#Sarcoidosis Tweets Are The Whiniest Tweets There Are On The Planet

There! I said it and I could care less if you are mad, offended, upset or whatever. You could call me uncaring or cold, mean or nasty, but the truth is I am so fed up with seeing twitter posts in general with the hashtag for sarcoidosis because all they are are just a bunch of depressing messages. Don’t hashtag them sarcoidosis! Hashtag those messages what they are – #depression!

I know depression is a serious thing and people with chronic illness can suffer from depression, and I am not down playing that, but let’s just call a thing a thing. I know what sarcoidosis is, I know what it does and I know people with the disease have taken the charge upon them-self to bring awareness to this disease, but from the outside looking in, if I were a person who knew nothing about the disease and I searched the hashtag sarcoidosis on twitter, I would think it was a form of depression.

Believe me, I know what it feels like to not want to get out of bed in the morning because of pure physical exhaustion. However if someone tweets “Just can’t pull myself out of bed. #sarcoidosis”, that sounds like depression to me. Another tweet I saw was a picture of a sad looking box that said “I feel sad! #sarcoidosis”. No people, that’s not sarcoidosis. That’s depression! Tell me, if someone tweeted “I broke a nail and now I am sad. #sarcoidosis”, wouldn’t that make no sense at all? It has gotten so annoying that I unfollowed a lot of people and organizations on twitter because of their misuse of the sarcoidosis hashtag.

I am not saying for people not to acknowledge their sadness but give it its correct label and stop giving sarcoidosis a confusing definition. If you want to bring awareness, do so, but put a positive twist on it. Instead of saying “Today I just want to cry! #sarcoidosis”, how about “Today my sarcoidosis pain makes me want to cry, but it is not going to keep me from living! #sarcoidosis”

The fact is, either you want to bring awareness to sarcoidosis or you want to bring awareness to yourself. Think about that for a moment and let that sink in. If you want to get sympathy then say so. Just tweet “Today I am in pain and I feel sad. I want everyone to be sympathetic towards me so I am going to let all my followers know and add the hashtag sarcoidosis so even more people can come tell me they are sorry for me! #feelsorryforme”

I know a lot of people out there don’t have support from friends and family and it’s hard and there is no other place to reach out but on social media, but hashtag it what it is – #nosupport. I recently saw an episode of “The Interview” where a prospective employee said she put #beyonce” at the end of all of her tweets even though the tweet had nothing to do with Beyoncé because that would make more people come to her twitter feed. It’s the same thing now with depression and #sarcoidosis.

People in general hate complainers, and after a while tune out what ever they are saying. So if people keep complaining and whining about their sarcoidosis, everyone is going to stop listening. Everyone knows that cancer is a painful, dreadful disease that can be fatal. Unfortunately in some cases, so is sarcoidosis, but do you see the ads on TV for cancer awareness showing a bunch of depressed people curled up in bed? No! They show people fighting. Fighting for their life and for a cure. So please stop giving this disease a life and stop it in its tracks by putting a positive spin on your own life.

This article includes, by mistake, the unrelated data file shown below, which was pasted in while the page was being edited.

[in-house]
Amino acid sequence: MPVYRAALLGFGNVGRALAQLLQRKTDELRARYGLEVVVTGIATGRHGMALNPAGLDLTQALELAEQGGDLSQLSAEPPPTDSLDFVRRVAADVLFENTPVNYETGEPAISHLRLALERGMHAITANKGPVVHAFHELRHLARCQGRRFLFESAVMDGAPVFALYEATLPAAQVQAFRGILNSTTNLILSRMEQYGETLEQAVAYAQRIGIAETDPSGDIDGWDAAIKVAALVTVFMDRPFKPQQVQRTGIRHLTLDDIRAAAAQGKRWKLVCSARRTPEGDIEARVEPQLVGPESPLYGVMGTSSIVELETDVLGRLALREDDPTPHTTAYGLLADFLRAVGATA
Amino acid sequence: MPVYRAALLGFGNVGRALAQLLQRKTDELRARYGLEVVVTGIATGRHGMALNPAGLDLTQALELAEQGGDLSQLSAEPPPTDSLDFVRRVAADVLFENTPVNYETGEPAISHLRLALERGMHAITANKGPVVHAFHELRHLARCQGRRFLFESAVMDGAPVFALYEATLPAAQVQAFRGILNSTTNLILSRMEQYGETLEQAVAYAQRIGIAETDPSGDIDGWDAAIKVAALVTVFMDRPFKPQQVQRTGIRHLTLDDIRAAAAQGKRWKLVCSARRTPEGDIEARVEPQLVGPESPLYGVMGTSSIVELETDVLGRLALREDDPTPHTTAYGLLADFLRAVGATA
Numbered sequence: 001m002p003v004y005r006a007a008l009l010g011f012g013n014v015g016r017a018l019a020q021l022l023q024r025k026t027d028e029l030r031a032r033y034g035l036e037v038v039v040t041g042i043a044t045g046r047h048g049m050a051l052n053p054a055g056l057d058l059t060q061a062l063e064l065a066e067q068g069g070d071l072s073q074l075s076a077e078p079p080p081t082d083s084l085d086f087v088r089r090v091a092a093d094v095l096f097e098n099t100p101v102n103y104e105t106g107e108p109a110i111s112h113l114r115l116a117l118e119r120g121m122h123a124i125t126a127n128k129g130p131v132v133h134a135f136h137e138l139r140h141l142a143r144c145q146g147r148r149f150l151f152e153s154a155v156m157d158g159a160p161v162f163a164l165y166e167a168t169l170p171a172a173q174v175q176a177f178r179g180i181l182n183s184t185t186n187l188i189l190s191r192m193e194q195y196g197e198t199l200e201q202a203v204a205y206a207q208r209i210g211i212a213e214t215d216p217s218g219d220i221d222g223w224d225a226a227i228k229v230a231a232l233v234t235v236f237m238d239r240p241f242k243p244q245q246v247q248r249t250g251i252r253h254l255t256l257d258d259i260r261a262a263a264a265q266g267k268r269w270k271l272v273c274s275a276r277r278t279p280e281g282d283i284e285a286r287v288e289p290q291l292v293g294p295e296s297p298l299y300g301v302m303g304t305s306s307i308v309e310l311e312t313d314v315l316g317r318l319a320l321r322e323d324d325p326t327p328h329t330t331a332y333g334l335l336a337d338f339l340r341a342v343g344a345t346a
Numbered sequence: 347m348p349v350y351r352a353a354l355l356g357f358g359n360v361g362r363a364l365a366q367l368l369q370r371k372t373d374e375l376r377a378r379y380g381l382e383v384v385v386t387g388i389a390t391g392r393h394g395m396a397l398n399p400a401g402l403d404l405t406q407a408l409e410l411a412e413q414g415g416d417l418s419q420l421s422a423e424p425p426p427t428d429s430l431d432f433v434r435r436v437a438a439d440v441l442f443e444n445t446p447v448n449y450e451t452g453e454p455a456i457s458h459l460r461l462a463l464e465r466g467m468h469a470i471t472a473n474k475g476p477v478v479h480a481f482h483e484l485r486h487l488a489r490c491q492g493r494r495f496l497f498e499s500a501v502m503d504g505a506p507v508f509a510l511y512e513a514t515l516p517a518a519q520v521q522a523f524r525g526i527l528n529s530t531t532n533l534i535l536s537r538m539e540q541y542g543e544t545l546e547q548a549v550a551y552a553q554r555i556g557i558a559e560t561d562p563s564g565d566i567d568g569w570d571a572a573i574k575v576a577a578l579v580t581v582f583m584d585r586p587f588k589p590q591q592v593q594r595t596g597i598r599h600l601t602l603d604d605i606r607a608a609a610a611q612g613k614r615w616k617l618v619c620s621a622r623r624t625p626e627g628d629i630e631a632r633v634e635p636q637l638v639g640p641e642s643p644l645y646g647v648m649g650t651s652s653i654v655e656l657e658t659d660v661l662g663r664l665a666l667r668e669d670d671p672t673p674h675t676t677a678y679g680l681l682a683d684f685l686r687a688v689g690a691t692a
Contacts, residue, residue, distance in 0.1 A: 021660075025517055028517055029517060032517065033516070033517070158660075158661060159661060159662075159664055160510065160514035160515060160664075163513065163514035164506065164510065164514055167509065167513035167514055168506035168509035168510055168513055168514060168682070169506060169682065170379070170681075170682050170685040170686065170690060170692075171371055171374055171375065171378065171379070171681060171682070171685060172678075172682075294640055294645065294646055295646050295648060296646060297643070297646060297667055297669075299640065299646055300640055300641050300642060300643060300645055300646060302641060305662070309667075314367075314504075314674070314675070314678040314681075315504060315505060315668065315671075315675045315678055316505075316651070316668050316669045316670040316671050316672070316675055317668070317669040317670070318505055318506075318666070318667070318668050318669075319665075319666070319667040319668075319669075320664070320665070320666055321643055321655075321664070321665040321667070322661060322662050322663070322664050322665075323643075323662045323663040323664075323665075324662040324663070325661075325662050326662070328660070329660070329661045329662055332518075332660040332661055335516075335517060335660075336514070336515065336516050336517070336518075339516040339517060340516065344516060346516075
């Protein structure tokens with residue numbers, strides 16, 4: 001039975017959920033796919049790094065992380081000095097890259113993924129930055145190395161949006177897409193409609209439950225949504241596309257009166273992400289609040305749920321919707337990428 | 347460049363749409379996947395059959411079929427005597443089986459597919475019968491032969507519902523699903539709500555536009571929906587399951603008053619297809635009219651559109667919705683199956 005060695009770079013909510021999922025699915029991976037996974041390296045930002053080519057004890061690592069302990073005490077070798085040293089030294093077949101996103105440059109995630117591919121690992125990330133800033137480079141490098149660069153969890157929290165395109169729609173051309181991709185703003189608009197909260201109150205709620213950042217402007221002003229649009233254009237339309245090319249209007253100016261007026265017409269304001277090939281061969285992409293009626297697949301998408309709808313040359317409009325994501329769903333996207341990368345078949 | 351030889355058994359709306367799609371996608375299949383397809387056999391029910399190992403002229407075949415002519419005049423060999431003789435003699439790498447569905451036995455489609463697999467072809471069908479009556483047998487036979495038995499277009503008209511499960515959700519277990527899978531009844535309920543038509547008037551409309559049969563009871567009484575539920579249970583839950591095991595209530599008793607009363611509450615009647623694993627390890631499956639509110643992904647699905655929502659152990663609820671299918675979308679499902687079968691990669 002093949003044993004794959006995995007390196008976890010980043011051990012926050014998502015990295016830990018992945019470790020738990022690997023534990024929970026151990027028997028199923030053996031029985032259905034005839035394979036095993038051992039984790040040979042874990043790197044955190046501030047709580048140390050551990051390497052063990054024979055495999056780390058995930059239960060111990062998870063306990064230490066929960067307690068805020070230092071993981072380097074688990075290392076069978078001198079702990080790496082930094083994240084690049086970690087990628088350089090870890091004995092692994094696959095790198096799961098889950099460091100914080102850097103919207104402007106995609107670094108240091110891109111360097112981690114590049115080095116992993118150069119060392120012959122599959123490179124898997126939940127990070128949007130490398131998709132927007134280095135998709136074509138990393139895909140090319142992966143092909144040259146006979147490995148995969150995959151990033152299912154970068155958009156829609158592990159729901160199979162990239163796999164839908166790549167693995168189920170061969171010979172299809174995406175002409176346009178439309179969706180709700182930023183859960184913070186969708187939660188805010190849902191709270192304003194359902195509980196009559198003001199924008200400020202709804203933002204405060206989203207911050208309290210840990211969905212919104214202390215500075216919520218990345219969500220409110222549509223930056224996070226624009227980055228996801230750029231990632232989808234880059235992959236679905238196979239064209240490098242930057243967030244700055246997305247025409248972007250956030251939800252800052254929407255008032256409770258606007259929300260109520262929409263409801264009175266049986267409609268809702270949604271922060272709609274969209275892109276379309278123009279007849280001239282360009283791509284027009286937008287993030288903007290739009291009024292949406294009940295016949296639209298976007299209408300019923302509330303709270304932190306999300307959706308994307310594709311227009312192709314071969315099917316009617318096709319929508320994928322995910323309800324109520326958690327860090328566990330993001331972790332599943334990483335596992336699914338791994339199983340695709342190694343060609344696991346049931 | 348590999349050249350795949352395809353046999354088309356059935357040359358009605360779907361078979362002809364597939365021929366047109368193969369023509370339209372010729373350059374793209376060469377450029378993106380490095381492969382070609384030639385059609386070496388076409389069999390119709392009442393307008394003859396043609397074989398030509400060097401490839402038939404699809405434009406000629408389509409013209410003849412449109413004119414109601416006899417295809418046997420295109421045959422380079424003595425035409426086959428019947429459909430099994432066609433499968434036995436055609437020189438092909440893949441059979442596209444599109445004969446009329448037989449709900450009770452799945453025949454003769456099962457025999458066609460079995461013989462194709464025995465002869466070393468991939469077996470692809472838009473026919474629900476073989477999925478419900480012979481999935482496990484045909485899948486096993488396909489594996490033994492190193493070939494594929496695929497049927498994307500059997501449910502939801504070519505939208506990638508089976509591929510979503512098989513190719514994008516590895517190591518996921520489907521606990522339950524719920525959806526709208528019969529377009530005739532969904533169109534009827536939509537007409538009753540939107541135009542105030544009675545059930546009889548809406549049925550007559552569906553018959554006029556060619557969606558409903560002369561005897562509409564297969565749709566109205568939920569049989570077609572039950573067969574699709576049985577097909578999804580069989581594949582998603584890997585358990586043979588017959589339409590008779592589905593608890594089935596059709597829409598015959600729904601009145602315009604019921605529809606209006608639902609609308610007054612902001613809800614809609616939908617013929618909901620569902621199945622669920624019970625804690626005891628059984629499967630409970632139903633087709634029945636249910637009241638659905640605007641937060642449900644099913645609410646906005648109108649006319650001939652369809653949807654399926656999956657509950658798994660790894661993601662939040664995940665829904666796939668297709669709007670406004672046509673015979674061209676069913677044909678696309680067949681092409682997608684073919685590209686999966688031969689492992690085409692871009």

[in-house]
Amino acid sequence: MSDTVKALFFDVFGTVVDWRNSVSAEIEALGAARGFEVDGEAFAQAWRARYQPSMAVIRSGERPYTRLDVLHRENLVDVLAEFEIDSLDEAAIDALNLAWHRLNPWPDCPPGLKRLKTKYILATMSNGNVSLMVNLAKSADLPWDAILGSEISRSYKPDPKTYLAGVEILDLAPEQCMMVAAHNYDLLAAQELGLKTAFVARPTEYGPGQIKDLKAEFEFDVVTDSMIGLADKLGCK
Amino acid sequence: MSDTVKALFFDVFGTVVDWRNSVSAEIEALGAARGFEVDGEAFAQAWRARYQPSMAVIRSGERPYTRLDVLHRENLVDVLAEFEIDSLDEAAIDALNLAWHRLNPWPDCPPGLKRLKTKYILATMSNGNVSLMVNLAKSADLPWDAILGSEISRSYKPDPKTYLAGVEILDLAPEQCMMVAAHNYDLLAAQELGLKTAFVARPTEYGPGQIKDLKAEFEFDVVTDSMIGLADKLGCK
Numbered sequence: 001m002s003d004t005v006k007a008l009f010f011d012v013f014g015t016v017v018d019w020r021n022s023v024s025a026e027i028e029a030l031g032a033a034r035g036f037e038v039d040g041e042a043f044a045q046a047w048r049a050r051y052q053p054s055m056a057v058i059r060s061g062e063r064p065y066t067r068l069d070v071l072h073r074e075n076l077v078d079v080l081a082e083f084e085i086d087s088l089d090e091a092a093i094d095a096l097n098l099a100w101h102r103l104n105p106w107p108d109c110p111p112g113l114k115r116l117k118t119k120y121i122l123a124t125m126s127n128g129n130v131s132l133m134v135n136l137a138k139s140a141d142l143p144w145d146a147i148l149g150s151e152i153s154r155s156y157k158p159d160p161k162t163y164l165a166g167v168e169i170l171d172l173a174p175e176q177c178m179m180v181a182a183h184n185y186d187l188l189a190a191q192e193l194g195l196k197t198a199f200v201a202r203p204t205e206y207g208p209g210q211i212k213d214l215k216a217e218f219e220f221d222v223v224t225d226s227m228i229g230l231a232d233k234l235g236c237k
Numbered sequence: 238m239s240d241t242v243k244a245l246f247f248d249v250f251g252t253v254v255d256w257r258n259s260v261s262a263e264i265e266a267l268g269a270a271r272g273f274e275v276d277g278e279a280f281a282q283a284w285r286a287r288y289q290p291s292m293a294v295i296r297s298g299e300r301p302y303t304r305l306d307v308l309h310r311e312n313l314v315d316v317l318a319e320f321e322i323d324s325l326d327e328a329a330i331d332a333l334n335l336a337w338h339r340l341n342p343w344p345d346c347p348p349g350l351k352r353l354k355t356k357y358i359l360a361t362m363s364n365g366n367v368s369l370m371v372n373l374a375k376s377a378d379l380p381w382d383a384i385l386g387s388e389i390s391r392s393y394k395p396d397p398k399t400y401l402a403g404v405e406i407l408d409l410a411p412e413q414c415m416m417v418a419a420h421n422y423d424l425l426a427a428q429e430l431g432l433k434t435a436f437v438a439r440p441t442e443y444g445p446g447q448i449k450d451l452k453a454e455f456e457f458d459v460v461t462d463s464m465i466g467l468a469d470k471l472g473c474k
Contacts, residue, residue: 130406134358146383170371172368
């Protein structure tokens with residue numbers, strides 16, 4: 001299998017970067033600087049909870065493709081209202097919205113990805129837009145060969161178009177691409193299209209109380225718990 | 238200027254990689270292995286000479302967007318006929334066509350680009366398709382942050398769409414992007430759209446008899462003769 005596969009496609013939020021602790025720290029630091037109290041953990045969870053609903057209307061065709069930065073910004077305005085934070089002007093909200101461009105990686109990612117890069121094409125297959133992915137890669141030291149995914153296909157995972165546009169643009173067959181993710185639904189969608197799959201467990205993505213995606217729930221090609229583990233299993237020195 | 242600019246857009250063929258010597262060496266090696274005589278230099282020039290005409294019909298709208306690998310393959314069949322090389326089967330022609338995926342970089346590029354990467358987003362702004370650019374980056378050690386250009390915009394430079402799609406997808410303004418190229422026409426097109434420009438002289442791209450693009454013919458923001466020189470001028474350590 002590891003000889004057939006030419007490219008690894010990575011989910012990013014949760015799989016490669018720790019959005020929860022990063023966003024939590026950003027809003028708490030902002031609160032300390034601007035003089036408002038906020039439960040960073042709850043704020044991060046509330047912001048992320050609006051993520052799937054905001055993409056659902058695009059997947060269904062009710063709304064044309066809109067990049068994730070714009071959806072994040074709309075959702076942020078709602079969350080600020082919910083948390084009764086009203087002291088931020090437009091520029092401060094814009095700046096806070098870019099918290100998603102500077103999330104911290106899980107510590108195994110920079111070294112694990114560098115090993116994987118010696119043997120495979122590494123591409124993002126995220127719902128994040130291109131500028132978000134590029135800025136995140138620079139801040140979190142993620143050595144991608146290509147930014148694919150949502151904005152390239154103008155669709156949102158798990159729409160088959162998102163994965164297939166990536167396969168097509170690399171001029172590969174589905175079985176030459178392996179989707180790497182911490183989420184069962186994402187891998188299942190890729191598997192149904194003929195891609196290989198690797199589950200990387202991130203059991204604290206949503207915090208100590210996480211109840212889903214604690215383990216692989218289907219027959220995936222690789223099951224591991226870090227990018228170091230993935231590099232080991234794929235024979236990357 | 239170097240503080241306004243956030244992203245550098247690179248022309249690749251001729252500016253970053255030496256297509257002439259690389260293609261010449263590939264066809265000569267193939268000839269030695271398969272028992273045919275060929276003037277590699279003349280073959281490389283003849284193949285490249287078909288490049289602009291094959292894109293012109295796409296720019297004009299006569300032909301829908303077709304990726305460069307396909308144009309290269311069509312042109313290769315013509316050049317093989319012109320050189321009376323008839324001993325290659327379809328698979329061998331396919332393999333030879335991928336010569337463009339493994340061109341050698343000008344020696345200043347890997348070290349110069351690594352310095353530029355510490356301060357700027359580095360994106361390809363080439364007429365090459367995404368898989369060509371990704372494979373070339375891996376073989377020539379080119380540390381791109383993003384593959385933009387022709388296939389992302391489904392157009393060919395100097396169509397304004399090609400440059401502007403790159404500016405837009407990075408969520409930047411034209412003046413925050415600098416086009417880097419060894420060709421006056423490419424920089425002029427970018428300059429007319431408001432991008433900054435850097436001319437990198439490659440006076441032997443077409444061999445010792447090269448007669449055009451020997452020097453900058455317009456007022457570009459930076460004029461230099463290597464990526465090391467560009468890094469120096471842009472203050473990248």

Oh, and one more thing! Please stop making your tweet an entire line of hashtags!! Twitter now allows twice the amount of characters, so put your hashtags at the end!! Thanks. I’m getting off of my soap box now.

7 Comments Add yours

  1. Kate Spade says:

    I am saying Amen, to the chagrin of many sarkies. I have multi system sarcoidosis, including cardiac involvement and neuroendocrine cancer. I’ve been fighting with both going on 5 years now. I have also built an amazing network of Drs., friends and loved ones for support and to keep me grounded and focused on living as normal a life as possible. Chronic illness changes us in ways we can’t imagine until we are in the fight. We can lay down and let it defeat us, or we can stand up and fight productively, which means facing the grieving process of our old life and finding purpose, however small, in the new. One of my Drs. recently asked me how I dealt with serious illnesses at my age, 55, and that was my answer. I am an admin for a large Sarcoidosis group on Facebook and the very individuals that should be lifting one another up to gain support and knowledge are the very ones who remain in a state of anger, fear and seemingly reject the idea of positive thinking. It is like a disease of negativity that spreads like wild fire. They choose to stay in a state of victimhood, and would rather whine and complain to social media rather than educate themselves and take control where possible. Oh, there are days when I whine, I am human, however when one continues to whine and never search for a solution, whining becomes an unattractive crutch that will leave you alone faster than a fart in church. There’s so much we lose control over when we become ill, it behooves us to make the positive changes that make each day worthwhile and worth living. Sarcoidosis has tried to take my life, but instead has made me a more mindful, awake woman that has embraced life for what it is, beautiful, ugly, unfair, amazing and mine.